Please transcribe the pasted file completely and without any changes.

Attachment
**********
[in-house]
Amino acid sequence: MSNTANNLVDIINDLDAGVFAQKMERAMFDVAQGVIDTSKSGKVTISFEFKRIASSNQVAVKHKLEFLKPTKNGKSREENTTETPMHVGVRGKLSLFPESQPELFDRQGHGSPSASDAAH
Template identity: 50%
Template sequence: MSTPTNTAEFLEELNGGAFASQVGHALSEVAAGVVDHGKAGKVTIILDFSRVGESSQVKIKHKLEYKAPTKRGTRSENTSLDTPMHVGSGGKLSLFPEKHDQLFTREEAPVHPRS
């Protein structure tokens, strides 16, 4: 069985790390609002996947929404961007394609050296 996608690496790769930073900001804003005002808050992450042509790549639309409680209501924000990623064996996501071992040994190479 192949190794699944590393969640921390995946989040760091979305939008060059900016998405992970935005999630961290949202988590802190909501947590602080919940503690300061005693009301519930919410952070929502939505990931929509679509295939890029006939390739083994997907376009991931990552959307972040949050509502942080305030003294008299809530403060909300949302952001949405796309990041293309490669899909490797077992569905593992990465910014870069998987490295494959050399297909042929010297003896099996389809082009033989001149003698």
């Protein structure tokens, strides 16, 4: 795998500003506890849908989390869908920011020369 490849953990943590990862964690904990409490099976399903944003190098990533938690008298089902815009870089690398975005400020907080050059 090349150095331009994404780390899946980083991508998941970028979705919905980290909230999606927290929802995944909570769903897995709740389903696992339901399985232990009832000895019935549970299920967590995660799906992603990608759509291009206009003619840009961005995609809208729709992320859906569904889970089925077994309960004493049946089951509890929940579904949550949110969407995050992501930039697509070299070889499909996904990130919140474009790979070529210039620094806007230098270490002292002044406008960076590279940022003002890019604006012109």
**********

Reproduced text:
[in-house]
Amino acid sequence: MSNTANNLVDIINDLDAGVFAQKMERAMFDVAQGVIDTSKSGKVTISFEFKRIASSNQVAVKHKLEFLKPTKNGKSREENTTETPMHVGVRGKLSLFPESQPELFDRQGHGSPSASDAAH
Template identity: 50%
Template sequence: MSTPTNTAEFLEELNGGAFASQVGHALSEVAAGVVDHGKAGKVTIILDFSRVGESSQVKIKHKLEYKAPTKRGTRSENTSLDTPMHVGSGGKLSLFPEKHDQLFTREEAPVHPRS
């Protein structure tokens, strides 16, 4: 069985790390609002996947929404961007394609050296 996608690496790769930073900001804003005002808050992450042509790549639309409680209501924000990623064996996501071992040994190479 192949190794699944590393969640921390995946989040760091979305939008060059900016998405992970935005999630961290949202988590802190909501947590602080919940503690300061005693009301519930919410952070929502939505990931929509679509295939890029006939390739083994997907376009991931990552959307972040949050509502942080305030003294008299809530403060909300949302952001949405796309990041293309490669899909490797077992569905593992990465910014870069998987490295494959050399297909042929010297003896099996389809082009033989001149003698």
């Protein structure tokens, strides 16, 4: 795998500003506890849908989390869908920011020369 490849953990943590990862964690904990409490099976399903944003190098990533938690008298089902815009870089690398975005400020907080050059 090349150095331009994404780390899946980083991508998941970028979705919905980290909230999606927290929802995944909570769903897995709740389903696992339901399985232990009832000895019935549970299920967590995660799906992603990608759509291009206009003619840009961005995609809208729709992320859906569904889970089925077994309960004493049946089951509890929940579904949550949110969407995050992501930039697509070299070889499909996904990130919140474009790979070529210039620094806007230098270490002292002044406008960076590279940022003002890019604006012109």